Such were the fruits of my carnal and human reasons, to have rotten ignorance in price, for ripe and seasonable knowledge. Such also is the malice and wickedness that possesseth men; such is the wisdom and pleasing of the flesh.5
These lines strike me as uncomfortably honest, especially as they were written by a queen during the Tudor era, as she admits that she did not accept Jesus and God but, instead, happily lived in sin with ‘blind […] Ignorance’ guiding her.6 Just before this she also says ‘I made a great idol of myself; for I loved myself better than God’ and this bit made me raise my eyebrows a bit because I couldn’t believe that Catherine had admitted to so great a sin.7 I know that this is a conversion narrative (a document detailing her own conversion to Protestantism from Catholicism or ‘Ignorance’) and she also was trying to encourage other Christians in England to consider Protestantism more seriously – some bits of this book are blatantly pushing forward an anti-Catholic narrative – but it also feels too personal to be reading. I felt as though I was intruding upon her diary or something like that even though she wrote this with the intention of it being published for all to read.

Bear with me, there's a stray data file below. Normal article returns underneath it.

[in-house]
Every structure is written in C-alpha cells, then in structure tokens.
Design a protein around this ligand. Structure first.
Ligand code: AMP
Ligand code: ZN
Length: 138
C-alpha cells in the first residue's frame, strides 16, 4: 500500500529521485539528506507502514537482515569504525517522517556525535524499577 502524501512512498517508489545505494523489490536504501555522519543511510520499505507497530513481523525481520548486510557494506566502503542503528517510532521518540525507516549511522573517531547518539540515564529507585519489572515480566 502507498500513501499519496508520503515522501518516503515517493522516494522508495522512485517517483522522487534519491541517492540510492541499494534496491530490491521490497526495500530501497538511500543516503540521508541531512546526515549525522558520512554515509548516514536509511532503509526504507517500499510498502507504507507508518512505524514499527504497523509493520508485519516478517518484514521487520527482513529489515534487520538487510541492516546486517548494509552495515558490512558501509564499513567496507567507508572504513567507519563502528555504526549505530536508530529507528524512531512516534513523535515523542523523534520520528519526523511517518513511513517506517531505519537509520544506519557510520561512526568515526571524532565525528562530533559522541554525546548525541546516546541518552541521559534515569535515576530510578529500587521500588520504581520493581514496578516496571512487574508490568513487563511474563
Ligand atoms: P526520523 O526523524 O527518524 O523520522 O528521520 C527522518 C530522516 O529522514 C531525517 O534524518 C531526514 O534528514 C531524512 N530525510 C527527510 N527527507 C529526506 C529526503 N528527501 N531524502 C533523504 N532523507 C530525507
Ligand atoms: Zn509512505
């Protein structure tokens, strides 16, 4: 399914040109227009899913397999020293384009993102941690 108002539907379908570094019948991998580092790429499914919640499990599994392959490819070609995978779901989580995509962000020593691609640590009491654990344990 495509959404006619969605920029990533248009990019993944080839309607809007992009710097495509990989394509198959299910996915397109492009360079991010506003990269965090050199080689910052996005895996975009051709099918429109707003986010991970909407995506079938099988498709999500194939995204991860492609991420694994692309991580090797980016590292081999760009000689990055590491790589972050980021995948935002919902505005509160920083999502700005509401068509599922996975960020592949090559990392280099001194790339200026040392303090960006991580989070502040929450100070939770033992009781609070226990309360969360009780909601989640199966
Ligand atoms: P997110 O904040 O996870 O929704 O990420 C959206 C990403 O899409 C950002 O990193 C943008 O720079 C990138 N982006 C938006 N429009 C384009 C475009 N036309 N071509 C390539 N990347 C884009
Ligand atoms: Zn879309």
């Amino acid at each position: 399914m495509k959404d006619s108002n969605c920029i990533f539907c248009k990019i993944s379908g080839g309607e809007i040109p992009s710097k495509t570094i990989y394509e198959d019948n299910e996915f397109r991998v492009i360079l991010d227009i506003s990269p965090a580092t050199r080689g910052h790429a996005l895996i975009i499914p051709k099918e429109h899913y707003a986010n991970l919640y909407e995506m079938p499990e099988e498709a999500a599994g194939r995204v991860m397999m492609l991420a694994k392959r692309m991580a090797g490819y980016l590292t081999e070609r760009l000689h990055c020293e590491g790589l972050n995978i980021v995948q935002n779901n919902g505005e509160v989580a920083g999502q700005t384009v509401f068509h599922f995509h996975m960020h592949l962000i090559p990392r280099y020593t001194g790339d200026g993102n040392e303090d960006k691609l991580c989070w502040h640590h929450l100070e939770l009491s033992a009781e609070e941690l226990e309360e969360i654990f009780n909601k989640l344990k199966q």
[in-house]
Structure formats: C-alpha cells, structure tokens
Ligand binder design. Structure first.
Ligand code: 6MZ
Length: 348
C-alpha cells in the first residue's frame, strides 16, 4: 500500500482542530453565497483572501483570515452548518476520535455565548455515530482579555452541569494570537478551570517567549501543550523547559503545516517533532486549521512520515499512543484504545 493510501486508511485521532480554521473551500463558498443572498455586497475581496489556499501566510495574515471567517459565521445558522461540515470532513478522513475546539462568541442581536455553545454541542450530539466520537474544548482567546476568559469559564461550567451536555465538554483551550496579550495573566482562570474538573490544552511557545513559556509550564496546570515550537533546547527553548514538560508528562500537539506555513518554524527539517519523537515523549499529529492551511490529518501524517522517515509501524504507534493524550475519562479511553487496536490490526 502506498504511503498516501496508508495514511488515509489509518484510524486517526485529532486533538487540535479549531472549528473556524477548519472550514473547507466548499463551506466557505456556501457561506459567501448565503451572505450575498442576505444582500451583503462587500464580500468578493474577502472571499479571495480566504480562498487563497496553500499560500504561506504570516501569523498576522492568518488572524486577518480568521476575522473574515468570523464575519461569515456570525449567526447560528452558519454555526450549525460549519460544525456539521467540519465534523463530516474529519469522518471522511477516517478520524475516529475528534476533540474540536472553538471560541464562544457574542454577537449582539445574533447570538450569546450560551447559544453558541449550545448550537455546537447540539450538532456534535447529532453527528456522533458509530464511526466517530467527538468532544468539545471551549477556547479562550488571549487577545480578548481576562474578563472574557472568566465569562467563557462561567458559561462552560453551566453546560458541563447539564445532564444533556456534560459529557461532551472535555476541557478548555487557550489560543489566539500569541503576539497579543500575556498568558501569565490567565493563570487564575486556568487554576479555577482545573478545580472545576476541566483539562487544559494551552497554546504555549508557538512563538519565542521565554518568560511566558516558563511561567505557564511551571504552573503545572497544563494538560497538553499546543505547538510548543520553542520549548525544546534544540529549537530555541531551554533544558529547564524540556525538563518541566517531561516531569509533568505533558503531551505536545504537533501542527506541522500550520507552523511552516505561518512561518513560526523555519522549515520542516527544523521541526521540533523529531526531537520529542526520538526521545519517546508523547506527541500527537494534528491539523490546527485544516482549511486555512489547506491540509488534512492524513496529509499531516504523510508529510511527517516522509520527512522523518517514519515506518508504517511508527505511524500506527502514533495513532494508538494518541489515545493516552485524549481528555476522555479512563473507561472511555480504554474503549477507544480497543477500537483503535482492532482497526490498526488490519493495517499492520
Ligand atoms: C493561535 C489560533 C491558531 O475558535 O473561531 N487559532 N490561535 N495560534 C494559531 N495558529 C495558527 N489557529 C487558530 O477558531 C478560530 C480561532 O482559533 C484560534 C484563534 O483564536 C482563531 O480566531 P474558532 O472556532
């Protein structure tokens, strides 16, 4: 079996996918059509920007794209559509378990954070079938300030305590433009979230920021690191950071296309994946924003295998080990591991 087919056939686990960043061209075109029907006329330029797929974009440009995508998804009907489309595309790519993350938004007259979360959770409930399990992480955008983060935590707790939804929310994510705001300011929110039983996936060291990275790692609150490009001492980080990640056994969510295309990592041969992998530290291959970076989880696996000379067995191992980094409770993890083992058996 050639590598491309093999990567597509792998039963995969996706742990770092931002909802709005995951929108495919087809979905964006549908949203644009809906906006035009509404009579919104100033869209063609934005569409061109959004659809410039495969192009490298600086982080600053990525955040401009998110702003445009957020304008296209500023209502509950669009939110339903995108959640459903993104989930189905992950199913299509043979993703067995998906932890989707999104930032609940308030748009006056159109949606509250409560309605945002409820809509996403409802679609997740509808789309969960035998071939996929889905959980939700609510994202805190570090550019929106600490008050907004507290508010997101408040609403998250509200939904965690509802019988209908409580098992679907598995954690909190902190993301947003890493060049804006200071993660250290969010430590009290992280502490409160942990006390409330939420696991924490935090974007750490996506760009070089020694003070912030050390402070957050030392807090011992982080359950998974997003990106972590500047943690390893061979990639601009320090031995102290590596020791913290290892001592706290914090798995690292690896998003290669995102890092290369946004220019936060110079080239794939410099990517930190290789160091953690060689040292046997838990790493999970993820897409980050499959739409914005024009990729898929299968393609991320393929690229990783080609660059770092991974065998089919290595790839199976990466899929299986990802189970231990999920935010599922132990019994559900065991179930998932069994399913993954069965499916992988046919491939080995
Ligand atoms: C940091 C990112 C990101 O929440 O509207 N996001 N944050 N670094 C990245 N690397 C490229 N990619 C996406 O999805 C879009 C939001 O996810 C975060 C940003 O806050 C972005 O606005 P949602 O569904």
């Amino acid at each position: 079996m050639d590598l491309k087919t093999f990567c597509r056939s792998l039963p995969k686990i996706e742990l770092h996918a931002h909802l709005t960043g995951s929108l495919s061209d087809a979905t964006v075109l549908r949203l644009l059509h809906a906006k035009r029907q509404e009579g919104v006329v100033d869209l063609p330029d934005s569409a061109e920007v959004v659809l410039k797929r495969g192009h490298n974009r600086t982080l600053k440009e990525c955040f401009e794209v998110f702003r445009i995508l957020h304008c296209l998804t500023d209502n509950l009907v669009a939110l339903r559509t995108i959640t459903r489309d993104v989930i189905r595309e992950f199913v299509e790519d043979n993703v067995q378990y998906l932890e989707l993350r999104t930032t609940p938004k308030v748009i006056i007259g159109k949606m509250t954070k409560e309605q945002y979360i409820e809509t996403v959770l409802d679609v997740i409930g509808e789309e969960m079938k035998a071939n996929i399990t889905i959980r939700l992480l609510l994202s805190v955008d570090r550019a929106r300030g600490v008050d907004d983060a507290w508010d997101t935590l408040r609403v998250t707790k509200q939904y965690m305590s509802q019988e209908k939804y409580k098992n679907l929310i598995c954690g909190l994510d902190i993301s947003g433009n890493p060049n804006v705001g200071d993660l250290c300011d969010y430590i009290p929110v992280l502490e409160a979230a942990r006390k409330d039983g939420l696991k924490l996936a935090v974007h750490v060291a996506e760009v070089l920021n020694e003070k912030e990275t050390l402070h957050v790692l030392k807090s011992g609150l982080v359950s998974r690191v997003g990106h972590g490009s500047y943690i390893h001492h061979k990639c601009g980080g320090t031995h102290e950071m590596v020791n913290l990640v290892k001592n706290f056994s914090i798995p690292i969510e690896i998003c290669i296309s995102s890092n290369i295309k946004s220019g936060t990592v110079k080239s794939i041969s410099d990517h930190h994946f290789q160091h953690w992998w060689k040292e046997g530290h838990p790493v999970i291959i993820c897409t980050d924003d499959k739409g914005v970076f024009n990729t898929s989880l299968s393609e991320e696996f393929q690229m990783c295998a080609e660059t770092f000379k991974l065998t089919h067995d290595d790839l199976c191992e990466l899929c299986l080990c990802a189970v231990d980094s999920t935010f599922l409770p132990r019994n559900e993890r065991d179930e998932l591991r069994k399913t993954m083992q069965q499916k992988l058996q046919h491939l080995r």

Catherine also writes about the disconnect between Christians: ‘It is much to be lamented: the schisms, varieties, contentions, and the disputations that have been, and are, in the world about Christian religion; and no agreement or concord of the same, amongst the learned men.’8 This is a bit odd because she too was advocating for a specific branch of Christianity but perhaps she thought she could unite all Christians under her own understanding of Protestantism. I’m not sure. She goes on to, very briefly, mention how ‘unlearned’ people – which, at this point in time, was most of the population of England – had a different relationship with God because their access to the Bible was restricted. During the 1540s, there was a lot of conflict surrounding the English Bible and in 1546 all English-language Bibles were burnt except for the Great Bible (the first authorised English Bible) and Henry VIII actually attempted to restrict the use of the Great Bible to certain social classes. Catherine speaks so frankly about her own privilege and it seems like she did truly care about the people of England – if only on a spiritual or religious level – as she advocated for their access to the English Bible.